Since its opening in 1988, the Hall of Fame has played host to over one million interstate and international visitors.

Saying that, the numbers of forward bookings is the best in 10 years. And the outback towns can do with that sort of economic boost as they battle drought as well as everyday issues.

Lloyd has travelled to some great places but finds people are asking do they really want to go overseas at the moment, that they want to see Australia.

“The thing about out here is it is not as manufactured as some other places. You are dealing with real people, real life issues.’’

The past summer saw a kick in numbers when Queensland Rail implemented a two-for-one rail deal: Two tickets for the price of one.

And in the outback, where you get used to the unexpected, Lloyd says without hesitation the most unusual thing he has seen was a German traveller with his worldly goods in a wheelie bin, and he was 350km down the Birdsville Track.


The horseman’s show provides an insight into the working stock horses and sheep dogs that have been an integral part of the Australian livestock industry

Yet the grey nomad market is very strong throughout the outback, Lloyd says, with the demand for camper trailers enormous.

“People are wanting an earthy experience, and the confidence increased tourism will bring to the outback is going to grow.’’

The school subsidy of $130 for Queensland students to experience the bush has been a great initiative. Tourism Events Queensland has worked with all governments on that policy.

It enables Queensland students to visit Canberra and see the centre of government as well as other national institutions but Lloyd believes it is also important for them to see country Australia.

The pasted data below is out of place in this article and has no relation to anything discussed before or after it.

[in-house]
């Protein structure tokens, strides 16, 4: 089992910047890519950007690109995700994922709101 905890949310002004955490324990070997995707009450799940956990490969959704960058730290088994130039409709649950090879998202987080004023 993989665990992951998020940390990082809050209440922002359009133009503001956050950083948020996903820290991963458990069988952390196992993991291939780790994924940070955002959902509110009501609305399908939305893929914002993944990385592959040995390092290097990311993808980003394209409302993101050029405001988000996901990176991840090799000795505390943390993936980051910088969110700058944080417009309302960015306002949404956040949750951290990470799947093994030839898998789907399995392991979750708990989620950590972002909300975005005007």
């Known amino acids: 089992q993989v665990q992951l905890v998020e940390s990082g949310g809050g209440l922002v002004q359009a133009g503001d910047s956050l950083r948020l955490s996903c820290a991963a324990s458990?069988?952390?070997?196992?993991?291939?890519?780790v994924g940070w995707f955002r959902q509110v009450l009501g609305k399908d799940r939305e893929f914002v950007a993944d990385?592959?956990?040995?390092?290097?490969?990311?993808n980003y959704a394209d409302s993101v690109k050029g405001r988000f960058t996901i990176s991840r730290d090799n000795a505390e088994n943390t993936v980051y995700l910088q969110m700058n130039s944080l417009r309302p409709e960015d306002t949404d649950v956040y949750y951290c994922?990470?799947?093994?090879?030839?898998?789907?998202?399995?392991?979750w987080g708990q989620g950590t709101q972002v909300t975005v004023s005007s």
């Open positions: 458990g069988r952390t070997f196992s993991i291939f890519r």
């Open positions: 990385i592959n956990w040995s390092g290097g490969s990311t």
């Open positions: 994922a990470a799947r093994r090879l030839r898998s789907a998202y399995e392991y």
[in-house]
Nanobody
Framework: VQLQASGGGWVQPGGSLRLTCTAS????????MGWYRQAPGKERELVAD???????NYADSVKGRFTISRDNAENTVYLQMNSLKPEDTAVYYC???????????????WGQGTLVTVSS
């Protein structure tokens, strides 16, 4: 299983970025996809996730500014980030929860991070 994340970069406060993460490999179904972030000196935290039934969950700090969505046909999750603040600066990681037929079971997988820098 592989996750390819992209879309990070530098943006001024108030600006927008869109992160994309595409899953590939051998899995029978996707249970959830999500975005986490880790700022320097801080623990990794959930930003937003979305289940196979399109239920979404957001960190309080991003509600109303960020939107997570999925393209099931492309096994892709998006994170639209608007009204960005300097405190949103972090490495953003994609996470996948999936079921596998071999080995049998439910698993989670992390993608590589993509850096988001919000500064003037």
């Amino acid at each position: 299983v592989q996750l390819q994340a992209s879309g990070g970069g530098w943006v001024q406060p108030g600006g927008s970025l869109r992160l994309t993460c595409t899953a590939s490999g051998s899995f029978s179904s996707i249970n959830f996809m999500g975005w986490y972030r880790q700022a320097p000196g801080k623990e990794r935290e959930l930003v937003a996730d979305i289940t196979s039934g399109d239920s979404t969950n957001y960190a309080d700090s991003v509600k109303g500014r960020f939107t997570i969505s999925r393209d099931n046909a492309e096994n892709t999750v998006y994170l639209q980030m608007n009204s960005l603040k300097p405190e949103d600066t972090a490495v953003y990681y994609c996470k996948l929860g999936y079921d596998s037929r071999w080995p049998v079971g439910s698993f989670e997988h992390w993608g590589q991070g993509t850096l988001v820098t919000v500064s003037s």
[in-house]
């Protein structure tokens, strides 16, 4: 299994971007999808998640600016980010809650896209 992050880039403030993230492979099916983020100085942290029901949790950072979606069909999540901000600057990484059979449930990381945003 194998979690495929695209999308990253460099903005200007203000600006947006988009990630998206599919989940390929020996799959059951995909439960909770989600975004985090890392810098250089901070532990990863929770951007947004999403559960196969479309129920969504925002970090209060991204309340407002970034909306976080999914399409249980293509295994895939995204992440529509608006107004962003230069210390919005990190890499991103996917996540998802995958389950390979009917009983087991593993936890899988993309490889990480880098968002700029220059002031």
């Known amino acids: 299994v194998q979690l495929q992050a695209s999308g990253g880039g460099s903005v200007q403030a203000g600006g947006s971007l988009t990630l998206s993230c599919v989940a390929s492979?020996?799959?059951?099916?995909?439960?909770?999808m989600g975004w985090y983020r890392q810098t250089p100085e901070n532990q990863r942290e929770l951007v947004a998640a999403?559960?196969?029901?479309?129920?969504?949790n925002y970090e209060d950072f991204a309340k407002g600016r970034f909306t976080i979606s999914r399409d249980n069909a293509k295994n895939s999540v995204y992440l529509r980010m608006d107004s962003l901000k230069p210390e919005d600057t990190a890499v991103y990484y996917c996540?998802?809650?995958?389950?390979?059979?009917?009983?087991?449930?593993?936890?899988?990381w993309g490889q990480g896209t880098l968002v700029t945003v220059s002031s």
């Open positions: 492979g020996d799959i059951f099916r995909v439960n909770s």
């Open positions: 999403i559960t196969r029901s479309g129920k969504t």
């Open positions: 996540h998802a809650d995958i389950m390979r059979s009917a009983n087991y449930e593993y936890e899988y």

“The subsidy has survived three changes of government so that is good to see. It is growing every year.

“In Outback Queensland the students will do the Hall of Fame, Qantas Founders Museum and see the dinosaurs at Winton. Those kids are saying to mum and dad, ‘you’ve got to go’.”

The day we visited there was a secondary school tour group from Wollongong, NSW. They were travelling to Winton then into the Northern Territory and out to Uluru.

I took the chance to remind three or four of what a school teacher had once told me.

Any child interested in dinosaurs and the universe will have a bright future.


Stockmen have been part of Australia’s landscape since the early 1800s when the Blue Mountains west of Sydney was crossed, opening up the vast tracts of grazing land. Their role has been a hard one, battling all the vagaries of nature – from fire and drought to flooding rains